Professor David Oliver discusses clinical resourcing in the NHS, and how the Royal College of Physicians' (RCP's) new Our Future Health programme of events, activities and publications are being organised to provide a forum for debate.
At the start of our quincentennial year, celebrations coincide with stories of British health services under severe strain with waiting times lengthening, hospital overcrowding at the front door and an ‘exit block’ at the back door due to a lack of capacity and investment in community health and social care services.
We have a growing disparity between funding and the costs of health and social care provision. We are witnessing an increase in clinical workforce and rota gaps – certainly for consultants and trainee doctors in the 31 physicianly specialties comprising the RCP family, but also among other doctors in general practice and mental health, and nurses and allied health professionals equally vital to the clinical teams patients need.
All this is happening on a backdrop of rapid population ageing. When the NHS was founded in 1948, 48% of people died before they made it to 65. Now, in 2018, that figure is only around 12%. This year, a 65-year-old man in the UK can expect to live, on average, a further 18 years and a woman for a further 20 years. By 2030, the number of people aged over 85 will have doubled, with life expectancy at 88 and 91 respectively.
No longer can our focus be just on extending life, but instead on how to develop a system that will support an ageing population and its new requirements.
We are now far better at ensuring people don’t die in infancy and childhood, and that they survive conditions formerly fatal in mid-life. Death rates for ‘common killers’ such as infectious diseases, respiratory and cardiac disease and stroke have all fallen dramatically over the previous century. Death rates from cancer were more static, but rates for many common cancers are now also falling.This represents a success story for society, public policy, physicians and other medical professions. We have reduced poverty and inequality, improved our welfare safety networks, improved housing, diets, workplace safety and reduced environmental pollution. We have also advanced treatments for people living with long-term medical conditions, preventing deterioration or further complications. The third limb of success is better intervention for people who do become acutely ill, such as better interventions for people with heart attacks, strokes or trauma, all backed by the growing evidence-based medicine movement.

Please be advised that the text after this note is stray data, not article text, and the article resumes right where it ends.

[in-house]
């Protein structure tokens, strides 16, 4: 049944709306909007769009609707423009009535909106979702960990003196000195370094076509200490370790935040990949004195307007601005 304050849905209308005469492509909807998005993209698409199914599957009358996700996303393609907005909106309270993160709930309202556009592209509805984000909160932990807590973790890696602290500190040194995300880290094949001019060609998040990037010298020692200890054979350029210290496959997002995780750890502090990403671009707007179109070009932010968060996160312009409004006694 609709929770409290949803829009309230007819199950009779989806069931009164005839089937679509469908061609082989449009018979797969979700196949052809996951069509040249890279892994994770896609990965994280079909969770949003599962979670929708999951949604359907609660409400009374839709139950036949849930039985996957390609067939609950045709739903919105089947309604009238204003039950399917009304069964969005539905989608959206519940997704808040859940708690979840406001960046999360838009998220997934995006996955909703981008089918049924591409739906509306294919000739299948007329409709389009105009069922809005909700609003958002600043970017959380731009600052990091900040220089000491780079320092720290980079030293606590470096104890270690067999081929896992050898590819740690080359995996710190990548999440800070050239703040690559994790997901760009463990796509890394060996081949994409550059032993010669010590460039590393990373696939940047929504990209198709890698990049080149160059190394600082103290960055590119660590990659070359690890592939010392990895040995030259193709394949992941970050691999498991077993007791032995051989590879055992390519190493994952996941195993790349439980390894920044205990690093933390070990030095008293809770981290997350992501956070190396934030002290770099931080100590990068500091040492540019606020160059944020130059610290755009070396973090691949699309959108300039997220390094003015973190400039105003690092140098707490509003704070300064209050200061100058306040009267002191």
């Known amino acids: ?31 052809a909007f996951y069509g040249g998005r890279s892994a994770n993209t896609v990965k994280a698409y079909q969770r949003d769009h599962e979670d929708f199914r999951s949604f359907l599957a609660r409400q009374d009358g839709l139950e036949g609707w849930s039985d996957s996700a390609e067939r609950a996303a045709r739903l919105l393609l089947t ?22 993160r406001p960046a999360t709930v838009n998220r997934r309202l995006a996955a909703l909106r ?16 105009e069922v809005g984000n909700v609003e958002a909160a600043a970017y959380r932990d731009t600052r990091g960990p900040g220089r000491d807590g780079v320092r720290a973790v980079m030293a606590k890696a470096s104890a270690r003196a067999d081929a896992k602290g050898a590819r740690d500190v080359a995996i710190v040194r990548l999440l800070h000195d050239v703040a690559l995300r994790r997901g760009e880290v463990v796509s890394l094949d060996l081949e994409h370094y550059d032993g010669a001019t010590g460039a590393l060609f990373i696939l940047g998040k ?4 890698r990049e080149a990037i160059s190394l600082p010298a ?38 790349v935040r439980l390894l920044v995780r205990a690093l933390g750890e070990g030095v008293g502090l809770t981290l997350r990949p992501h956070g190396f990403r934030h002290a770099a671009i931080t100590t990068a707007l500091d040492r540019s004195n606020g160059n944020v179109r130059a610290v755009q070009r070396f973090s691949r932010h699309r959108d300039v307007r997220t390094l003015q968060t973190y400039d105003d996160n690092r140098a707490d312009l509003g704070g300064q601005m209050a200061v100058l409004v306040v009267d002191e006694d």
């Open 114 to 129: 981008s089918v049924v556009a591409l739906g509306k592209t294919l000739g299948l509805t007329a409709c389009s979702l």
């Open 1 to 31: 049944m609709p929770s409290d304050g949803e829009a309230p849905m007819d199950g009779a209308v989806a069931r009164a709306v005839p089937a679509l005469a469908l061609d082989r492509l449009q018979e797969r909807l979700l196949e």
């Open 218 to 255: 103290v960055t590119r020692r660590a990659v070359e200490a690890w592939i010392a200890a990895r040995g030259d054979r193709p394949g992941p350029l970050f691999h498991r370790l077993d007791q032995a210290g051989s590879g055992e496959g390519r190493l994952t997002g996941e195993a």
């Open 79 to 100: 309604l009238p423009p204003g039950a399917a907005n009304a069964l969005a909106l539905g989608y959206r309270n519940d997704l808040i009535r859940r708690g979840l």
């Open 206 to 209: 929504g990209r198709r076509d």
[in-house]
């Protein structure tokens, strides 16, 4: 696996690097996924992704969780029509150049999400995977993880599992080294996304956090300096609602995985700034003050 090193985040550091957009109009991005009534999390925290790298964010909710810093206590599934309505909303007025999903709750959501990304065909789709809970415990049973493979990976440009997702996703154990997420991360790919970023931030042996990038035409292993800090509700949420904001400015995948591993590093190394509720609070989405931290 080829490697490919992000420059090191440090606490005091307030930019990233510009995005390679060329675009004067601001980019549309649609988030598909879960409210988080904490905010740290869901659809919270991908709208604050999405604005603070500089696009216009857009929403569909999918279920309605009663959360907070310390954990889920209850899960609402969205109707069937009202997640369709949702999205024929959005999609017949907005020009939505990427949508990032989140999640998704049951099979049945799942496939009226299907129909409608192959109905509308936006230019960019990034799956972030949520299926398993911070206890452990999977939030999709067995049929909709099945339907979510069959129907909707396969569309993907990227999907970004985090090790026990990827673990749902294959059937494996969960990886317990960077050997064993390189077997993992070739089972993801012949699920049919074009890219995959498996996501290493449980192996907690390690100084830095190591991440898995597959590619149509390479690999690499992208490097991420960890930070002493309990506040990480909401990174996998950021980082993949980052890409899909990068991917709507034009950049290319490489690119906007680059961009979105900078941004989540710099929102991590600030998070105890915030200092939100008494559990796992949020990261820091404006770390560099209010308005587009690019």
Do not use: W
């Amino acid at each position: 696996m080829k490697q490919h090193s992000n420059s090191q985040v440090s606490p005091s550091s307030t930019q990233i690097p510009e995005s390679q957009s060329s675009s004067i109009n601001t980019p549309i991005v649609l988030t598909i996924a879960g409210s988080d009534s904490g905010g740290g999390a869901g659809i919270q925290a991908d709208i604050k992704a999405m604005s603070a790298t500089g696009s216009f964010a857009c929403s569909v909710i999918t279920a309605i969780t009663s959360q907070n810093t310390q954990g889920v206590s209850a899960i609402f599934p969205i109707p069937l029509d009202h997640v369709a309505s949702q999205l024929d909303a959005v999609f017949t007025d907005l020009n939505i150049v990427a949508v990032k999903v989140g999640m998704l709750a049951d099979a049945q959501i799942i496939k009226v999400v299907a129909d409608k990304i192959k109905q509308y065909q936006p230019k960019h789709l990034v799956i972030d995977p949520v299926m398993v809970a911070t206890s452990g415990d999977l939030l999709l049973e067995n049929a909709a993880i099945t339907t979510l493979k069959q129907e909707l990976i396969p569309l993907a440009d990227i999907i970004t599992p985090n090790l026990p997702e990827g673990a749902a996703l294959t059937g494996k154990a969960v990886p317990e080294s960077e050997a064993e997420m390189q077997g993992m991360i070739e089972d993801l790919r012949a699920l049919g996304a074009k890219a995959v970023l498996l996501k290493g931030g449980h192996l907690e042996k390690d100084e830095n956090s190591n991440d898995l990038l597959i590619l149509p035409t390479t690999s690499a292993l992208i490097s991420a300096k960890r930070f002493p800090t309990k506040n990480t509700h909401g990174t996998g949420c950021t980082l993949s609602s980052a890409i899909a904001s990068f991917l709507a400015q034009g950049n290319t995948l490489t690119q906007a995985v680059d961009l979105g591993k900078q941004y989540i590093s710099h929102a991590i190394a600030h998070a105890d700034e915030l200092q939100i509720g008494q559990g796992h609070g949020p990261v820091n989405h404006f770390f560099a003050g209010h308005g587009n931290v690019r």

However, for all these successes we still have major inequalities in rates of amenable mortality and life expectancy between ethnic and socioeconomic groups, as well as discrepancies in different geographical areas. The World Health Organization has estimated that nearly half of all ill health in people over 60 years of age is attributable to (modifiable) lifestyle factors such as obesity, poor diet, smoking, alcohol, or a lack of exercise. There is a clear need to focus more on prevention of ill health, self-care and helping people who do develop conditions to live better with those conditions, supported in care planning by clinical practitioners.
Although growing longevity represents a victory for modern medicine and public health, it does change the very nature of modern medical practice and health service delivery. Physicians – and this royal college – have a key stake in this change, and the medical profession must recognise the need to adapt to this different environment. No longer can our focus be just on extending life, but instead on how to develop a system that will support an ageing population and its new requirements.